I was recently asked this question and I am sharing the answer with the group in hopes that somebody will find it helpful. Question: "I am a teacher at a High School in Arizona, we recently built a FAB LAB (digital fabrication facility) and are interested in starting a medical imaging class/club. We have several medical professionals, Dentist, Orthopedic Surgeon, General Practice, Physical Therapist and Medical researchers, who are interested in volunteering in to help with this program. Our goal is twofold, one to increase student interest in pursuing medical professions and two to give students an avenue for employment in the emerging 3D medical imaging field. Ultimately our goal would be to have a Career and Technical Education (CTE) program where students could graduate with some sort of certificate indicating competency. My question is, are there recommended training/certification programs that we need to consider and implement? What are your recommendations for us moving forward with this program. Any information you could provide would be appreciated." Answer: " Hello ______ Just to clarify, are you talking about medical 3D Printing? If so, there is currently no such certification program in this technology. One basic requirement is an understanding of medical imaging technologies, so I would say a bare minimum to do medical 3D printing would be a certification as a CT or MRI technologist, which have established training pathways for post-secondary education. Here is a link. https://study.com/ct_technician.html You would then have to obtain experience with 3D printing, of which there is no formal pathway. Of course, you can obtain greater imaging expertise as a radiologist, which is 4 years of med school and 6 of residency and fellowship after college. Again, there is still no formal pathway for the actual 3D printing component of this. Hope this helps."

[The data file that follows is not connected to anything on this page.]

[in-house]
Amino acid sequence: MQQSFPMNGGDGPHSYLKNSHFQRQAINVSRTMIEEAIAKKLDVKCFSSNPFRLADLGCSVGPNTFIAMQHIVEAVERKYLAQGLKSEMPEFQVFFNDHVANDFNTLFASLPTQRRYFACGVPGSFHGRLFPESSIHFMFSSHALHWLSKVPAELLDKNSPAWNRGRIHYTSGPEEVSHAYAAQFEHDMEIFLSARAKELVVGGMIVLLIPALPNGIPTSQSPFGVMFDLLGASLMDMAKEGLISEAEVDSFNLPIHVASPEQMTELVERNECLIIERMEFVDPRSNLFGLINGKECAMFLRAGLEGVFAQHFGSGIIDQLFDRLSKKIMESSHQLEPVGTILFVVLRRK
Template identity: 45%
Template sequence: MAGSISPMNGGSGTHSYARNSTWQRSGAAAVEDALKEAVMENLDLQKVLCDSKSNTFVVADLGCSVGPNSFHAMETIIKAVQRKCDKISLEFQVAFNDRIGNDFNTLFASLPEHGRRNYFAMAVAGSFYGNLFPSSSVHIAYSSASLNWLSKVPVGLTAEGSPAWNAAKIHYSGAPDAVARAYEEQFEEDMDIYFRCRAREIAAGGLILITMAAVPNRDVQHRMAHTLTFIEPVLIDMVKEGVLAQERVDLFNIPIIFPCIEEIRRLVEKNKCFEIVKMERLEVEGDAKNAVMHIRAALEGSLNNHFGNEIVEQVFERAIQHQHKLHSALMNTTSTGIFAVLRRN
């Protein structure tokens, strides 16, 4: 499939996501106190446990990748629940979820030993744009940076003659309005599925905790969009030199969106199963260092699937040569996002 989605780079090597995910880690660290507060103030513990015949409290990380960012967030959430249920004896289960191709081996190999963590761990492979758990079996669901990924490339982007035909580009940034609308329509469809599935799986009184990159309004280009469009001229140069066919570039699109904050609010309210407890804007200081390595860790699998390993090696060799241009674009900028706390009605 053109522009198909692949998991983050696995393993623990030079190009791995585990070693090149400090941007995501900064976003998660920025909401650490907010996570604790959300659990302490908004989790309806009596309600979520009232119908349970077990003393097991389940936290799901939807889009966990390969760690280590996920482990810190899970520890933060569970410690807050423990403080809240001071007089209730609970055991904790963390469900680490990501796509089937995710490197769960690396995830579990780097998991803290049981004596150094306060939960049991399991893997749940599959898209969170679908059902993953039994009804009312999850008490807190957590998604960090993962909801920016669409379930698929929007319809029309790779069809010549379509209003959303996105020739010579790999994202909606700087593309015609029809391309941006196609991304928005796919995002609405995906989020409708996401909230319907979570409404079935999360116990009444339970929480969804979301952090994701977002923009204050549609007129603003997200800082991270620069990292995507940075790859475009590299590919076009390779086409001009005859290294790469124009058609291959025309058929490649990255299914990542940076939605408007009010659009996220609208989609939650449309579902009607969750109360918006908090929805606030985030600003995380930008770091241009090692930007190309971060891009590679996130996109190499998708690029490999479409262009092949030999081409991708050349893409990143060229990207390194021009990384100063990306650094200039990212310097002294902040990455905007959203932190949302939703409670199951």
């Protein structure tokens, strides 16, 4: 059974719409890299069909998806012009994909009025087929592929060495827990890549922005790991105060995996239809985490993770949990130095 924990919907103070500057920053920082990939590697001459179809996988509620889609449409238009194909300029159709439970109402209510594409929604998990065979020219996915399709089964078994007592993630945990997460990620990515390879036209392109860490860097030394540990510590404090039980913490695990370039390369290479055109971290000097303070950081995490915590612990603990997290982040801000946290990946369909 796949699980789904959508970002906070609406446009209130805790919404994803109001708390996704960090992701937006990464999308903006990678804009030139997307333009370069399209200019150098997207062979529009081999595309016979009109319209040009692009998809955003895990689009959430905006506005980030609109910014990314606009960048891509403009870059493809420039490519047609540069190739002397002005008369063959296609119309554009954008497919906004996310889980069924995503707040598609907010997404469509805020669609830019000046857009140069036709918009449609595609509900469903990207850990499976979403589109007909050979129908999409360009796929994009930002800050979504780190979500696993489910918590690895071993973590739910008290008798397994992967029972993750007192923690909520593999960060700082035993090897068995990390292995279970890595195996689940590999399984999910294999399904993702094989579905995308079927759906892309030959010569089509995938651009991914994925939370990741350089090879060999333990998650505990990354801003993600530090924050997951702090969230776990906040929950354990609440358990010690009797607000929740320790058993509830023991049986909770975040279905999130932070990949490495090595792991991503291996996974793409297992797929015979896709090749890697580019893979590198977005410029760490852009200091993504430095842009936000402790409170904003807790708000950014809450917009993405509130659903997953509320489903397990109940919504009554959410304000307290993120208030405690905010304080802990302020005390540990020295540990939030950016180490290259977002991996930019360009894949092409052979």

12. 1 point
    Nevit has done some tremendous work. Check out his blog article on using Osirix to create color MRAs. http://nevit.blogspot.com.tr/2018/04/how-to-creat-color-mr-angiography-using.html
  13. 1 point

    Version STL

    38 downloads

    This is a .stl file of a left temporal bone ready for 3d printing. I have segmented a CT scan paying attention to all the important bony structures of the ear. In the .stl screenshots you can see the mastoid, malleus, incus, the bony canal of the facial nerve, the stylomastoid foramen Etc. I do this for my training and the idea is to perform a mastoidectomy just in my desktop i have printed my personal 3d plaster model (you can see in the screenshots) but i haven't the courage to destroy it whit the drill..... I hope that my work can be of help to anyone who wants to try to drill a faithful model of temporal bone at home or simply want to study the anatomy in a versatile 3d .stl Model Good Job Nicola Di Giuseppe M.D.

    $2.99

  14. 1 point
    Dr. Mike

    How to section a skull in half

    Here is a message I recently received. I am posting my reply in hopes it will help others. ------------------------------------------- QUESTION: My name is ___________ and I am a student at the University of Missouri, attempting to print 3D images from CT scans. I have found your video extremely helpful and had a question if you don't mind about blender. My question is that lets say I want just the left half of the skull. How can I cut the skull down the middle, select the right side and delete. I have tried to find Blender YouTube tutorials about this but none of them have been helpful. It would be great if I could get your opinion on the matter. Would that be possible? Thank you so much for your time! Truly enjoyed the tutorial a lot! -------------------------------------------- ANSWER: The best way is to subtract the side you don't want by using a boolean operator. Start by creating basic shape, such as a cube, and scale it up so that it is bigger than the skull. Then, position the cube over the portion of the skull you want deleted. Then, with the skull selected, select the boolean modifier, choose difference, and the target should be the cube. Everthing that intersects with the cube should be gone. Be sure to accept the changes the modifier made. Good luck!